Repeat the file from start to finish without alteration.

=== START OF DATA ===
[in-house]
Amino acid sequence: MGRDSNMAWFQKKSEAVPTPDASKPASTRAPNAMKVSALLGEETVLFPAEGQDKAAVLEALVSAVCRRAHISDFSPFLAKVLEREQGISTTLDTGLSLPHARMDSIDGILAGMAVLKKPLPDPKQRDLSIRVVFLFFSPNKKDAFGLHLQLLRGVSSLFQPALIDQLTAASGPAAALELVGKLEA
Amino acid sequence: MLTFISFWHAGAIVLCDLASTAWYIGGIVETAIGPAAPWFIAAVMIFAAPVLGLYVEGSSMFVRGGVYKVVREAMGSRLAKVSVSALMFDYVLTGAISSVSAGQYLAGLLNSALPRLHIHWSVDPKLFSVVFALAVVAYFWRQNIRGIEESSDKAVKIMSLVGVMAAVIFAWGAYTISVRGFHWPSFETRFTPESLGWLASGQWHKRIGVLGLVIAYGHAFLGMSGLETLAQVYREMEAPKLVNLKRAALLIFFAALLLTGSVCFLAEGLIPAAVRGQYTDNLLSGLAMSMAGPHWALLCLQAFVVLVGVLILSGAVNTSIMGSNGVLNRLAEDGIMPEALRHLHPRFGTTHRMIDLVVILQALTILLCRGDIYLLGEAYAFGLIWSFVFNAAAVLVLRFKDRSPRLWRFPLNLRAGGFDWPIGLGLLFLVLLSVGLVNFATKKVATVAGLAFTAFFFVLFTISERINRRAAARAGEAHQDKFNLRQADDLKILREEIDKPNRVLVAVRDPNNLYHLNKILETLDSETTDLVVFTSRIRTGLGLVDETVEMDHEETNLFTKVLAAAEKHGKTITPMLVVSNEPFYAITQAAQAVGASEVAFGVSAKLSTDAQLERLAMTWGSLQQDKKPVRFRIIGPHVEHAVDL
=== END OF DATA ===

[in-house]
Amino acid sequence: MGRDSNMAWFQKKSEAVPTPDASKPASTRAPNAMKVSALLGEETVLFPAEGQDKAAVLEALVSAVCRRAHISDFSPFLAKVLEREQGISTTLDTGLSLPHARMDSIDGILAGMAVLKKPLPDPKQRDLSIRVVFLFFSPNKKDAFGLHLQLLRGVSSLFQPALIDQLTAASGPAAALELVGKLEA
Amino acid sequence: MLTFISFWHAGAIVLCDLASTAWYIGGIVETAIGPAAPWFIAAVMIFAAPVLGLYVEGSSMFVRGGVYKVVREAMGSRLAKVSVSALMFDYVLTGAISSVSAGQYLAGLLNSALPRLHIHWSVDPKLFSVVFALAVVAYFWRQNIRGIEESSDKAVKIMSLVGVMAAVIFAWGAYTISVRGFHWPSFETRFTPESLGWLASGQWHKRIGVLGLVIAYGHAFLGMSGLETLAQVYREMEAPKLVNLKRAALLIFFAALLLTGSVCFLAEGLIPAAVRGQYTDNLLSGLAMSMAGPHWALLCLQAFVVLVGVLILSGAVNTSIMGSNGVLNRLAEDGIMPEALRHLHPRFGTTHRMIDLVVILQALTILLCRGDIYLLGEAYAFGLIWSFVFNAAAVLVLRFKDRSPRLWRFPLNLRAGGFDWPIGLGLLFLVLLSVGLVNFATKKVATVAGLAFTAFFFVLFTISERINRRAAARAGEAHQDKFNLRQADDLKILREEIDKPNRVLVAVRDPNNLYHLNKILETLDSETTDLVVFTSRIRTGLGLVDETVEMDHEETNLFTKVLAAAEKHGKTITPMLVVSNEPFYAITQAAQAVGASEVAFGVSAKLSTDAQLERLAMTWGSLQQDKKPVRFRIIGPHVEHAVDL